Preheat the oven to 400 degrees Fahrenheit for at least fifteen minutes.ï¿½ When oven reaches temp, place a rimmed baking sheet in the oven to heat, at least 15 minutes.
While the oven is preheating, completely peel both cucumbers.ï¿½ Cut 1/4 inch off ends and discard.ï¿½ Slice trimmed cuke in half lengthwise and place flat side down on cutting board. Thinly slice cucumbers and place in large mixing bowl.
Cut root ends and tough green parts off green onions and discard, keeping the white and light green parts.ï¿½ Slice the green onions as thinly as you can and add to mixing bowl.
Take one lemon and zest it all over with a peeler or Microplane.ï¿½ Add all lemon zest to cucumber/green onion bowl.ï¿½ Cut zested lemon in half and juice both halves thoroughly; add juice to mixing bowl.ï¿½ Take second lemon and cut in half; juice one half into bowl and reserve other half to be cut into wedges for garnishing finished plate.
Wash and finely chop dill and parsley; add to mixing bowl.
Season cucumber salad with salt and pepper to taste; cover with plastic wrap and allow to rest in refrigerator while you cook the fish.
Remove tilapia fillets from packaging and season all over with salt and pepper.
Once the sheet pan has heated in the hot oven for at least 15 minutes, remove it from oven with oven mitts or tongs and place on heatproof surface (the range top is ideal, or use a few hot pads or a trivet).
Pour a hearty glug of olive oil onto hot sheet pan, then add a pat or two of butter.ï¿½ Arrange tilapia fillets on oil and butter and return to oven.ï¿½ Roast for about seven minutes; then remove sheet from oven and flip fish with large spatula.ï¿½ Return to oven and cook about five more minutes, until flesh is opaque white and firm to the touch.
Serve hot fish over your choice of starch or sauteed greens; top with cold cucumber salad.ï¿½ Cut wedges from reserved lemon half and serve on plate for squeezing over.
|Photo l Felicia D'Ambrosio|
|This was only one table of the spread last year|
T-day is just around the corner, procrastinators. Whether you're hosting the big feed or trekking out to Grandma's, it is time to get your shop on. Acme and Whole Foods have already descended into Lord of the Flies-style madness; DiBruno Brothers is more Apocalypse Now.ï¿½ Still, arriving right at opening hour keeps you ahead of the worst of the fray, along with arming yourself with detailed lists of to-dos and things you need to beg, borrow or buy before Thursday (as well as a protective bubble of patience and/or well-developed appreciation for chaos).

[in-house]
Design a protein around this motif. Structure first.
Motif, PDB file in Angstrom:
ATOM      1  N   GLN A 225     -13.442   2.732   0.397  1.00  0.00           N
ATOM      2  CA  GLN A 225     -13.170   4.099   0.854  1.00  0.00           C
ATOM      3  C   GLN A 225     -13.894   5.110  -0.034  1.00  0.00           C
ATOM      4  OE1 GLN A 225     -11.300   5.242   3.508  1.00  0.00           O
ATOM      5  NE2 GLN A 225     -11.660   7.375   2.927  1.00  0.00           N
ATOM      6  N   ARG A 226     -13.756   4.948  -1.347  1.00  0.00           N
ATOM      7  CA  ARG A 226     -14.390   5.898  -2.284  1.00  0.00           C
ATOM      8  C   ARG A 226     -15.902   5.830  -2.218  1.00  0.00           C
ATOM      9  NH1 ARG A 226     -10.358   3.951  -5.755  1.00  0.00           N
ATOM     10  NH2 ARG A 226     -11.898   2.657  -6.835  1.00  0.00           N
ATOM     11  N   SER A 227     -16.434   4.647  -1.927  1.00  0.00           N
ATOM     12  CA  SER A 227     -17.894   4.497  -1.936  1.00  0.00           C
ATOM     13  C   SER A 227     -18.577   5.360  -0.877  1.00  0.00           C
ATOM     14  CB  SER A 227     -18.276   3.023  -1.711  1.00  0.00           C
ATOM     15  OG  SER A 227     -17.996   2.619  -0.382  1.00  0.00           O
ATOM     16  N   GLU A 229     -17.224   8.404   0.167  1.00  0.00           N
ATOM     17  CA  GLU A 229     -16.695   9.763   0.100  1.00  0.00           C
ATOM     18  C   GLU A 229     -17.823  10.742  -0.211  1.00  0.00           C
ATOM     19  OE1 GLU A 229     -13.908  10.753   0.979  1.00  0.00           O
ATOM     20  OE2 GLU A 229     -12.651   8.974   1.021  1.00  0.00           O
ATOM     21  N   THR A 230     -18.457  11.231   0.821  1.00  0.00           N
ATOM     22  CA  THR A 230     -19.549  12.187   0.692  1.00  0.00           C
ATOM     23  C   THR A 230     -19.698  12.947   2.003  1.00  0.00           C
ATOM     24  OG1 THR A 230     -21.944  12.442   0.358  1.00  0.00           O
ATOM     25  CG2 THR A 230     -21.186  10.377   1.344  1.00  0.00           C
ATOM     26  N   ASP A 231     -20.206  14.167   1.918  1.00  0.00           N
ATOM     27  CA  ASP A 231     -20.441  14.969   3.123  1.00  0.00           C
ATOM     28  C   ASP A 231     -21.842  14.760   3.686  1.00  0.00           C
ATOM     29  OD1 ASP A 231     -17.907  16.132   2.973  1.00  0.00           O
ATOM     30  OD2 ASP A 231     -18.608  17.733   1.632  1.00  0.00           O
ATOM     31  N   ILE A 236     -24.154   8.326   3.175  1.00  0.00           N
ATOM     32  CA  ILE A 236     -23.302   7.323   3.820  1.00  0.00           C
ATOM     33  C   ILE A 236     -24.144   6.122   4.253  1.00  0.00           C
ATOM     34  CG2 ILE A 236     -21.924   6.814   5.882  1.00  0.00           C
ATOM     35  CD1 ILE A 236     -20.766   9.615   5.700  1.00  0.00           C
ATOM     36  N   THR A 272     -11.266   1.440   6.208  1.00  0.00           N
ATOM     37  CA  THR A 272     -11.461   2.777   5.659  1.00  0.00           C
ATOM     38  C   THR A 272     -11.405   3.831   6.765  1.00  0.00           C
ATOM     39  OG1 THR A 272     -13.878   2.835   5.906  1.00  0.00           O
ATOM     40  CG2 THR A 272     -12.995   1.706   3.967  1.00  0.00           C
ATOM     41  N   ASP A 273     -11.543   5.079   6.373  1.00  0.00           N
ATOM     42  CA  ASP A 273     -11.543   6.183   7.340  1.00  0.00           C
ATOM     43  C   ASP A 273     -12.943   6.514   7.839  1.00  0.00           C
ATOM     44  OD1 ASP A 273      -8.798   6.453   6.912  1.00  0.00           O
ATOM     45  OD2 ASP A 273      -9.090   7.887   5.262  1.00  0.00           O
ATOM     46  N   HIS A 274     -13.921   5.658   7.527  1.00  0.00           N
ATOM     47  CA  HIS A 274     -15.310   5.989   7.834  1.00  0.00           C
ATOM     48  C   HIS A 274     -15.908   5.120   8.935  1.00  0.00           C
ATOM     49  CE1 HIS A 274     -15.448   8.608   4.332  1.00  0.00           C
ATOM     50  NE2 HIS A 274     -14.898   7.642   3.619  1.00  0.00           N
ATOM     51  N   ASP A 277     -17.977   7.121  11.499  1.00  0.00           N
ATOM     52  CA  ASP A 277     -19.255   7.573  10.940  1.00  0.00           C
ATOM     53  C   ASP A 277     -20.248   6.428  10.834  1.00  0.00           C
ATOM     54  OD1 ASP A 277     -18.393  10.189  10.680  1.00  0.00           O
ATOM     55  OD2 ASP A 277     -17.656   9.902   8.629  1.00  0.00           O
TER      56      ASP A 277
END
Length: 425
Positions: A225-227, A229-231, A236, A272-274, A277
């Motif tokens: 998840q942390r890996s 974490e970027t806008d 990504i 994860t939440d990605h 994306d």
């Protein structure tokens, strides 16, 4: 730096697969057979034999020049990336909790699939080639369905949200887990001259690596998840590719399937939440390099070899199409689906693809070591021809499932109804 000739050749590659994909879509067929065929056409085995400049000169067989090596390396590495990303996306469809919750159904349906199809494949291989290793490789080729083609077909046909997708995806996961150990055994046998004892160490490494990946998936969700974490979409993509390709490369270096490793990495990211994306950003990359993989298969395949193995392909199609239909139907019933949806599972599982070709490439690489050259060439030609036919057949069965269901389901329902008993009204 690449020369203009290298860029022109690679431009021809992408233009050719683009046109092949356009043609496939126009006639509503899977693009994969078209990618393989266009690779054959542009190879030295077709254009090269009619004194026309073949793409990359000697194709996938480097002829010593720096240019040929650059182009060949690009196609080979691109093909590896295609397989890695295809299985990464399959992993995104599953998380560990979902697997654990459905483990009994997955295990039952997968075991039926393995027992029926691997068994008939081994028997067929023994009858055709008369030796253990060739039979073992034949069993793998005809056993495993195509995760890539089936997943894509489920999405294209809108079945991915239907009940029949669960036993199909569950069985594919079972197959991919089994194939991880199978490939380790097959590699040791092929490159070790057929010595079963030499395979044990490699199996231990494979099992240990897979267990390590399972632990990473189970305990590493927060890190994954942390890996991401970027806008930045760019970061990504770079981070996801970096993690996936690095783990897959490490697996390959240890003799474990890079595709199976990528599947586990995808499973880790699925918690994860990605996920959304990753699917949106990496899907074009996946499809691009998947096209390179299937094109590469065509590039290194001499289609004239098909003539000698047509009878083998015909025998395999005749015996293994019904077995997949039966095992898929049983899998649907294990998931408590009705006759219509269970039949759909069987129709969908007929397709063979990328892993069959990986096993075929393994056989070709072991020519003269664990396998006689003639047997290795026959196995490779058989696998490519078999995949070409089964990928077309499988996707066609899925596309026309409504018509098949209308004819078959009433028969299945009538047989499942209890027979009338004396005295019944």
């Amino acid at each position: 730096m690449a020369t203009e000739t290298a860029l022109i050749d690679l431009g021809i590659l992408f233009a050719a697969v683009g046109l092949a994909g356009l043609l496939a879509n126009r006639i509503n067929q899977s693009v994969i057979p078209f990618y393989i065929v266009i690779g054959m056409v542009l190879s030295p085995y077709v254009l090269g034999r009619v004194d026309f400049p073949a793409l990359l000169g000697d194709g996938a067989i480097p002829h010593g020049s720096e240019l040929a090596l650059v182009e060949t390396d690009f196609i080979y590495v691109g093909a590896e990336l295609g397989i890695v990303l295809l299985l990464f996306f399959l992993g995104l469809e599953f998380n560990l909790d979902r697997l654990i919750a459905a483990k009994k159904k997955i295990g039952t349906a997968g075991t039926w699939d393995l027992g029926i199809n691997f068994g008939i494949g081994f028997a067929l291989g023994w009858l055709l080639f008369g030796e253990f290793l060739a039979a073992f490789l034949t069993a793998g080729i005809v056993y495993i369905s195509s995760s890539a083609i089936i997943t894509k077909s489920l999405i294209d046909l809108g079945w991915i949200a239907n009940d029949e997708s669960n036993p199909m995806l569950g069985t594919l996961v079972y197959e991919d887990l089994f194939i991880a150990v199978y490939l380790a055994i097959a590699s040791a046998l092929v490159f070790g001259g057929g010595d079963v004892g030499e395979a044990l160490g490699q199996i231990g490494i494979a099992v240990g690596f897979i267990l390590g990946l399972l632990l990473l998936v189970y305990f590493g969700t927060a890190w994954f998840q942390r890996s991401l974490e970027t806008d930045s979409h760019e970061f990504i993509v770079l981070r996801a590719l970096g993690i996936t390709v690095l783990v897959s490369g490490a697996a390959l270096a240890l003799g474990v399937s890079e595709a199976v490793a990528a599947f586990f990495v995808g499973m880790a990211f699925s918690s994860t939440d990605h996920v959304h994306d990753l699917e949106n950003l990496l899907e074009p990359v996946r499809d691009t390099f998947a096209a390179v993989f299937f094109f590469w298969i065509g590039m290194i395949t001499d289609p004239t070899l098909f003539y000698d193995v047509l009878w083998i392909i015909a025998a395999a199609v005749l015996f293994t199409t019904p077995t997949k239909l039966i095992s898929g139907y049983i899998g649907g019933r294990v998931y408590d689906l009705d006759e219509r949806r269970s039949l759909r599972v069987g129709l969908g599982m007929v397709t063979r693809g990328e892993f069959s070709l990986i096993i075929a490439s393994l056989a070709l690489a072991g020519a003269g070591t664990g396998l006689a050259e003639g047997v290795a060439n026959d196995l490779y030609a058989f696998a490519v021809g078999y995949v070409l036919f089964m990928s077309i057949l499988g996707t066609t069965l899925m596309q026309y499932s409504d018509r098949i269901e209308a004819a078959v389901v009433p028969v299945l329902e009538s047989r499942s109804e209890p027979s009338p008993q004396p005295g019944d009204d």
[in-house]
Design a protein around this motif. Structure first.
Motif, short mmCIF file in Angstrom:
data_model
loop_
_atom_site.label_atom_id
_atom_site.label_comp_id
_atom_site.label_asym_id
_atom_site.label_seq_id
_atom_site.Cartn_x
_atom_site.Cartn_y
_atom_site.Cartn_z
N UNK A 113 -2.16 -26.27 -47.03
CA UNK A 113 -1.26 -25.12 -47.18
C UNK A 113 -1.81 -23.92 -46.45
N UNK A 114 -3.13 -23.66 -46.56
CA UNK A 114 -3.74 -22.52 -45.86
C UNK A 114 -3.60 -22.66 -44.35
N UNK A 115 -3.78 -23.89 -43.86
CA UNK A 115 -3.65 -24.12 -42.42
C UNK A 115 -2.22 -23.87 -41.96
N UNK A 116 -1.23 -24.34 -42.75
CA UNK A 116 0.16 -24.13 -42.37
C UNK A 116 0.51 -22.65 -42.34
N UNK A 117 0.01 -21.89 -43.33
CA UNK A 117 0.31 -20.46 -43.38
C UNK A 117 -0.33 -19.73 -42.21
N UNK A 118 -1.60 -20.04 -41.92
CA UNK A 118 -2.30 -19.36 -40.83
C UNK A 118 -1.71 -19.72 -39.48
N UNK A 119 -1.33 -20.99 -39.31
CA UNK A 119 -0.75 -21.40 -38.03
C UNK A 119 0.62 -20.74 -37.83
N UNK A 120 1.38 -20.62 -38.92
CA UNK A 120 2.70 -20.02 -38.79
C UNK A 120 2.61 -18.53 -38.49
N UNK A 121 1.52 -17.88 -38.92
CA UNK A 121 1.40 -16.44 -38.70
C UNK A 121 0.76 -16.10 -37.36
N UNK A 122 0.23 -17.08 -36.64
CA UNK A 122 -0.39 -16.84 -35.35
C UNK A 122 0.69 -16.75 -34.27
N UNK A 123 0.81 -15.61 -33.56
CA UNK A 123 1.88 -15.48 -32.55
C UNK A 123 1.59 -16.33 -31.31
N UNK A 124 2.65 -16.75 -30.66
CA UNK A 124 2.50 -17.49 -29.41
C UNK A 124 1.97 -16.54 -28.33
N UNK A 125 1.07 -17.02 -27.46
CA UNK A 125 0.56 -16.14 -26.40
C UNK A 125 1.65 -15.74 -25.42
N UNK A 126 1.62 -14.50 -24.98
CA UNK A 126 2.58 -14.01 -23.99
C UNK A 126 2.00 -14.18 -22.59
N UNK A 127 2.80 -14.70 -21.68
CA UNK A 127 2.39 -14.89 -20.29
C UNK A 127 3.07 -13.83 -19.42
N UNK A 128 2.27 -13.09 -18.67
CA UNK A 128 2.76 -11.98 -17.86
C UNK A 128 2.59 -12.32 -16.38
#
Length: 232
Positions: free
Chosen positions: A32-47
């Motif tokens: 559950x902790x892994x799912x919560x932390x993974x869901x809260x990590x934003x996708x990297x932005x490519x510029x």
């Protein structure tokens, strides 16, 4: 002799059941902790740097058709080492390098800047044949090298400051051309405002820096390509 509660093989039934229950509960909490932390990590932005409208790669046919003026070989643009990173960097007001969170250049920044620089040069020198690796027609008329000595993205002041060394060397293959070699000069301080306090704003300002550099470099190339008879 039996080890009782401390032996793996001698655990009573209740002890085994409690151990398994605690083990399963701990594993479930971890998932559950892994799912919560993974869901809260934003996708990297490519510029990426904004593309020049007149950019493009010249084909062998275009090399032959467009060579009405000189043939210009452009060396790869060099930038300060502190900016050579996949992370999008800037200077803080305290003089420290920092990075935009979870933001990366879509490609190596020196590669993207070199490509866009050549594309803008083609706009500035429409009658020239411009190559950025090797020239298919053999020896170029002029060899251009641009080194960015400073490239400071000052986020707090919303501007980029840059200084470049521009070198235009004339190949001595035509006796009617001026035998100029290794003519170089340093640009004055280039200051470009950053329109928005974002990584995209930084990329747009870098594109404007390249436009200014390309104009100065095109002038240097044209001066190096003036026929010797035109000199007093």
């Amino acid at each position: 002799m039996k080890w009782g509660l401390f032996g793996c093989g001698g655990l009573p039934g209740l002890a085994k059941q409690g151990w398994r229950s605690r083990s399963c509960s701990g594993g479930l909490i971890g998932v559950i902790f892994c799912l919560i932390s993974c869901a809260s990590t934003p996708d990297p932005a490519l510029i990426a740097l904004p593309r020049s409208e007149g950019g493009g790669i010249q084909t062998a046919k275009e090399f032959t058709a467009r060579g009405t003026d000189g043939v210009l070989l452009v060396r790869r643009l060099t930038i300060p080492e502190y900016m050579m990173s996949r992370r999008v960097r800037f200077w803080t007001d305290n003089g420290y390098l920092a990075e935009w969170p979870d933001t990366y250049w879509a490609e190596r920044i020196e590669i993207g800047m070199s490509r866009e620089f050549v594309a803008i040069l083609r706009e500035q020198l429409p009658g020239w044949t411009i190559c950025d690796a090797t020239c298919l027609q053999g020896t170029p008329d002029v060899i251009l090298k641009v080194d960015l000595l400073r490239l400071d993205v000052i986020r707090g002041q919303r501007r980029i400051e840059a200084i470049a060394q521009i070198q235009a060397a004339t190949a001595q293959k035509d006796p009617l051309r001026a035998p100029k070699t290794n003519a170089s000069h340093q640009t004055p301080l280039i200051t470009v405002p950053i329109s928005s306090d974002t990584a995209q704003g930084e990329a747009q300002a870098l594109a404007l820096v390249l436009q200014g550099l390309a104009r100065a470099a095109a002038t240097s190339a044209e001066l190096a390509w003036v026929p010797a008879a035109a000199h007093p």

Just in case you're still stumped on what to offer your loved ones this holiday, we've pulled our most holiday-appropriate SUPPER recipes and tricks from the archives.ï¿½ Check it out:
- Butternut (or Kabocha) squash soup gets spiked with garam masala and apple cider vinegar in a first-course recipe that's incidentally vegan
- Massaging a kale salad can help relieve turkey anxiety. A little salt and olive oil breaks down the superfood for raw eating; add seasonal treats like toasted pine nuts, sliced kumquats or pomegranate seeds to this healthy green side that takes up zero space on the stovetop (vegetarian)
- My great-grandmother invented aï¿½ stuffing that has traveled the word. Bacon, celery, onions, parsley, white bread and a clutch of eggs make this savory bread pudding the highlight of the meal and everyone's most-wanted take home item
- Don't forget about the bread, which you can make the day before and smash into the oven for ten minutes to warm when the guests arrive.ï¿½ Try classic, gruyere-rich gougeres to butter your family into good behavior, or a batch of savory muffins (we like rosemary-Parmigiano) that add a homey touch to the table.
|Photo l Michael Persico|
|Homemade gnocchi with pesto, spinach and Parmigiano|
Eating a bowl of fluffy gnocchi, simply sauced with pesto or sage in brown butter,ï¿½ is the equivalent of falling into a soft feather bed.ï¿½ Easy to do and easy to enjoy, but to actually make that feather bed you've got to kill a whole lot of geese and get pretty messy.ï¿½ The analogous pitfalls and time requirements of hand-making pasta has kept me from attempting those feathery pillows until now, when I went on the hunt for the Ultimate Gnocchi Recipe.ï¿½ Prescriptions for perfect pasta abound on the Web; the Food Network came up high offering versions from Emeril Lagasse (who starts with mashed potatoes) and Mario Batali (who has you par-cook the things and hold them in oil until service). ï¿½ï¿½ Further research turned up dozens of other, slightly less corporate sources.
The first method that stood out came from Anna Maria Volpi, a native of Italy who provides step-by-step instructions (with photos) for classic Gnocchi Patate.ï¿½ Her version is as traditional as it gets, boiling the potatoes in their skins and incorporating only flour and salt into the dough (the egg is optional) to create a super-light and incidentally vegan dumpling.